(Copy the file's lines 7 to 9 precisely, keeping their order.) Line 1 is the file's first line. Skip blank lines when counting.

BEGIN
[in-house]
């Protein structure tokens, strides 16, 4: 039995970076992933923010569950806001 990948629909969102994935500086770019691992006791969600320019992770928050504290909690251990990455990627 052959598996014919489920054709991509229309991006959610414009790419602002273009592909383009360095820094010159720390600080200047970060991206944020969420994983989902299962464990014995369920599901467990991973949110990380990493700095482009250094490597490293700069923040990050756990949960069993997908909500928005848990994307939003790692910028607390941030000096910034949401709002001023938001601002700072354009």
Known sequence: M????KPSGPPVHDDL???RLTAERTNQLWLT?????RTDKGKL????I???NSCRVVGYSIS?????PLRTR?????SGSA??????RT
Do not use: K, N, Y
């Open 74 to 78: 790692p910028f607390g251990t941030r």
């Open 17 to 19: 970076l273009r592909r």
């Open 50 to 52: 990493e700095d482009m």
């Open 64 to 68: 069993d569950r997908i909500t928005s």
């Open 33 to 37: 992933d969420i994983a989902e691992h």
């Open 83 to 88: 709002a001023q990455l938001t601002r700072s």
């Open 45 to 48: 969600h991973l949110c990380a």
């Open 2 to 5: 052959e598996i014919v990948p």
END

């Open 50 to 52: 990493e700095d482009m």
């Open 64 to 68: 069993d569950r997908i909500t928005s």
């Open 33 to 37: 992933d969420i994983a989902e691992h």